Parenthood during the pandemic has been a polarising experience. Juggling work alongside household pressures has seen a decline in mental health, with parents now the most likely to prioritise work-life balance in future roles.
Whilst they’ve seen an overall wellbeing decline in recent months, they’re also the most likely to have seen physical health improvements.
Our Divided Together report asked 1,500 people how the outbreak has impacted their wellbeing and how they’re feeling at work. Want all the facts at a glance? Take a look at our employee insight factsheets.
The experience of pandemic parenthood
With schools closed, half of parents have said they’ve had to balance childcare alongside their usual workloads.
Our research also shows that parents are more likely to have stopped video calling since the lockdown (21%) in comparison with other groups.
This has caused tensions between teams, with 52% of parents saying they’re jealous of others’ home-working environments.
For employers, it’s important to be adaptable to individual circumstances both now and as workplaces reopen, reducing contention between teams and in turn driving productivity.
Concerns around job security
With the UK facing economic strain in the coming months, parents are the most likely to be anxious about job security.
Many are worried about losing their job (53%), increasing to 68% amongst furloughed parents.
Rising uncertainty means higher expectations from employers, with 35% of parents expecting more reassurance and 29% thinking they should be doing more to protect job security.
Your internal communications should play a vital role in alleviating anxiety amongst workers, so try to ensure you’re emphasising the actions you’re taking to protect jobs during these uncertain times.
Polarising mental health experiences
When it comes to mental health, there has been a divide in experiences amongst parents.
Parents came in higher than average when it comes to improved mental health during lockdown. Yet 55% have said they’ve seen a decline in mental health, with 15% reporting it’s got a lot worse.
Unsurprisingly, with the pressures of managing work and family life and our welfare at risk, 27% of parents say they’re finding it difficult to concentrate at the moment.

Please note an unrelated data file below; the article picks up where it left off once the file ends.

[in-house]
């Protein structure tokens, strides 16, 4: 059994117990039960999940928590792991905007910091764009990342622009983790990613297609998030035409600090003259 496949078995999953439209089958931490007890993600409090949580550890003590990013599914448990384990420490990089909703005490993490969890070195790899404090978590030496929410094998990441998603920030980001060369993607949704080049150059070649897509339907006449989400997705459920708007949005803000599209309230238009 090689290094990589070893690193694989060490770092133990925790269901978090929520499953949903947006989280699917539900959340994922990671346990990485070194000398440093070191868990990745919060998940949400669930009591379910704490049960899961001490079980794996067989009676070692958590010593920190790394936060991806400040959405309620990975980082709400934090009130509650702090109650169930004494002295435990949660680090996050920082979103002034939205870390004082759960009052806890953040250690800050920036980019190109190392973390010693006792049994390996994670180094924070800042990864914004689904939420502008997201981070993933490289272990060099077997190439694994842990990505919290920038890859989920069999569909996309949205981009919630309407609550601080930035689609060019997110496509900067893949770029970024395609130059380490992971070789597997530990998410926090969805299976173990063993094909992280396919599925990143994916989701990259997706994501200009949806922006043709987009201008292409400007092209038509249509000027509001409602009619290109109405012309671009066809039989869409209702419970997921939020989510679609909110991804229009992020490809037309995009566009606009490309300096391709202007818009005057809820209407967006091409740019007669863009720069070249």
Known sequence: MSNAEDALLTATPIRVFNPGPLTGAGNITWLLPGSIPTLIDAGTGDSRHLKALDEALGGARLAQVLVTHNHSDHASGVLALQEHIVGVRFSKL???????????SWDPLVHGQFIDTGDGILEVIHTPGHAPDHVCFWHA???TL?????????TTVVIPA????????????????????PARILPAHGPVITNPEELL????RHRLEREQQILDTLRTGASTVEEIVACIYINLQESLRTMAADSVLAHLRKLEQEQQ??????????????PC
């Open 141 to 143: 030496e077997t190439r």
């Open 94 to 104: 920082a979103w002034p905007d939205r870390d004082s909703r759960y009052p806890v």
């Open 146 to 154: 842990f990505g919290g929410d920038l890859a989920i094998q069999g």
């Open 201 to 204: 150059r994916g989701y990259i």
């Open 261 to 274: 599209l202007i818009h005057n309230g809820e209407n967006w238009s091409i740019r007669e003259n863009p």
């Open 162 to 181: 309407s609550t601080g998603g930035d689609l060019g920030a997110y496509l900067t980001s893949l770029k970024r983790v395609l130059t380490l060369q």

The biggest sources of stress have been missing their usual routine (43%) and having financial concerns (35%).
Consider whether your internal wellbeing strategy provides sufficient mental health support to your workforce. Poor mental health increases absenteeism costs, so the right support will save you money in the long run.
Improved physical health
Whilst parents have seen an overall decline in mental health, they’re the group most likely to say their physical health has improved, with 38% saying it’s because they’re feeling more relaxed.
Although fitness centres are shut, parents have reported the main reason for improved physical health is they’re exercising more (69%).
With limited access to eating out, 41% have also seen an improvement from more home cooking and 24% said it’s because they’re going out less.
Better work-life balance
Spending more time at home has meant parents are the most likely to look for a better work-life balance in the future, with 30% saying they’ll choose roles with this at the forefront.
They’re also the most likely to want to try different types of work (18%) in comparison with other groups.
Consider how you can support parents with the same flexibility in the future to reduce the risk of burnout and support retention across your business.
Returning to normality
Despite the increased pressures of balancing work and childcare, a significant 74% of parents are keen to get back to normal.
The biggest reasons for wanting to go back have been due to missing a sense of normality (46%), and returning to a good work-life balance (39%). They’re also looking forward to more time out of the house (32%).
With rising financial concerns, parents believe the return to work will be more financially beneficial (31%).
Safeguarding employee health
Whilst many parents are keen to return to normality, the anxieties around safeguarding their health are substantial.
Parents are the second highest group to feel it’s unsafe for them to return to work from a health perspective (67%), being concerned about how they’ll carry out their duties with social distancing in place (58%).
Catching the virus has been a high concern (46%), with 32% worried about spreading it.
To lessen concerns, ensure visibility to employees over what practices you’ll be deploying to provide a safe return to work.
As we look to the future of flexible working for our employees, the role of HR teams is more important than ever, with parents now expecting long-term changes to the way they work in the ‘new normal’ (35%).
With increased uncertainty around job security, they’re also the highest group to expect financial management education or support from their employer (21%).
Considering the support your employees will need with a robust return to work strategy will be paramount to maintaining employee wellbeing as workplaces open, ensuring your approach integrates financial wellbeing, mental and physical health support.
We’ve created some articles on what HR teams should be thinking about when it comes to returning to work and transitioning back to the workplace for more support.
For more insight about how teams have been affected by coronavirus, take a look at the Divided Together report or download our employee insight factsheets.